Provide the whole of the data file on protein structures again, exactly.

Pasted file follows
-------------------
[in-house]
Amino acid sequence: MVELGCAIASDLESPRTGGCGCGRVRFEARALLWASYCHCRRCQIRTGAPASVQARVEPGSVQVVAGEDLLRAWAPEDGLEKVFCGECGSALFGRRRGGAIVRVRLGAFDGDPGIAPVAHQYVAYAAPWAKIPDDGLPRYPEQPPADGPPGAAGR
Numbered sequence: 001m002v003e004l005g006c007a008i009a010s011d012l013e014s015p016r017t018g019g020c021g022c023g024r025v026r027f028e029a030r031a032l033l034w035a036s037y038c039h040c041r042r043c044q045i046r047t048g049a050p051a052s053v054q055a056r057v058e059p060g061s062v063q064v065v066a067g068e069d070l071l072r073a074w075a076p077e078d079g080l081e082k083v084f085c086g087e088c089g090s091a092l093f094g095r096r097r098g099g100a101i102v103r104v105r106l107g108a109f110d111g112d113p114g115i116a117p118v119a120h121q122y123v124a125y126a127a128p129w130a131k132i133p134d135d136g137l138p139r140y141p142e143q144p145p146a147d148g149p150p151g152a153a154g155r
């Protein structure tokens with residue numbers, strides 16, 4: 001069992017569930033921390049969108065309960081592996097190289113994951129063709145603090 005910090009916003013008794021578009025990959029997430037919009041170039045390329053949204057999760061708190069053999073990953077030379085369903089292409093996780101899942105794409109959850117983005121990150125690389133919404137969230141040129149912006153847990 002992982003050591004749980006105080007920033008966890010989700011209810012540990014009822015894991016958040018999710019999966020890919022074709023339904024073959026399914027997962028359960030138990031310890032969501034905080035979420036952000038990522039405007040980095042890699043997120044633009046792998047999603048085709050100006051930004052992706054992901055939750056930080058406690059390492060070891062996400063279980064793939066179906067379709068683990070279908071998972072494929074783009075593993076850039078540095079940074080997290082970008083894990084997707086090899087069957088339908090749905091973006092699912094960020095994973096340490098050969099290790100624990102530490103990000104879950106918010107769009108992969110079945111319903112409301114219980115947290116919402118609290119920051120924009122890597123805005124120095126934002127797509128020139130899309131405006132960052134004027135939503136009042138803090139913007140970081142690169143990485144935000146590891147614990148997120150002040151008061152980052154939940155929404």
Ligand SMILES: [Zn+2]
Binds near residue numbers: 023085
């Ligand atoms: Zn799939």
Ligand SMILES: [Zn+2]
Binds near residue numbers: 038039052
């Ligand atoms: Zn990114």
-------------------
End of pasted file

[in-house]
Amino acid sequence: MVELGCAIASDLESPRTGGCGCGRVRFEARALLWASYCHCRRCQIRTGAPASVQARVEPGSVQVVAGEDLLRAWAPEDGLEKVFCGECGSALFGRRRGGAIVRVRLGAFDGDPGIAPVAHQYVAYAAPWAKIPDDGLPRYPEQPPADGPPGAAGR
Numbered sequence: 001m002v003e004l005g006c007a008i009a010s011d012l013e014s015p016r017t018g019g020c021g022c023g024r025v026r027f028e029a030r031a032l033l034w035a036s037y038c039h040c041r042r043c044q045i046r047t048g049a050p051a052s053v054q055a056r057v058e059p060g061s062v063q064v065v066a067g068e069d070l071l072r073a074w075a076p077e078d079g080l081e082k083v084f085c086g087e088c089g090s091a092l093f094g095r096r097r098g099g100a101i102v103r104v105r106l107g108a109f110d111g112d113p114g115i116a117p118v119a120h121q122y123v124a125y126a127a128p129w130a131k132i133p134d135d136g137l138p139r140y141p142e143q144p145p146a147d148g149p150p151g152a153a154g155r
């Protein structure tokens with residue numbers, strides 16, 4: 001069992017569930033921390049969108065309960081592996097190289113994951129063709145603090 005910090009916003013008794021578009025990959029997430037919009041170039045390329053949204057999760061708190069053999073990953077030379085369903089292409093996780101899942105794409109959850117983005121990150125690389133919404137969230141040129149912006153847990 002992982003050591004749980006105080007920033008966890010989700011209810012540990014009822015894991016958040018999710019999966020890919022074709023339904024073959026399914027997962028359960030138990031310890032969501034905080035979420036952000038990522039405007040980095042890699043997120044633009046792998047999603048085709050100006051930004052992706054992901055939750056930080058406690059390492060070891062996400063279980064793939066179906067379709068683990070279908071998972072494929074783009075593993076850039078540095079940074080997290082970008083894990084997707086090899087069957088339908090749905091973006092699912094960020095994973096340490098050969099290790100624990102530490103990000104879950106918010107769009108992969110079945111319903112409301114219980115947290116919402118609290119920051120924009122890597123805005124120095126934002127797509128020139130899309131405006132960052134004027135939503136009042138803090139913007140970081142690169143990485144935000146590891147614990148997120150002040151008061152980052154939940155929404």
Ligand SMILES: [Zn+2]
Binds near residue numbers: 023085
């Ligand atoms: Zn799939």
Ligand SMILES: [Zn+2]
Binds near residue numbers: 038039052
């Ligand atoms: Zn990114």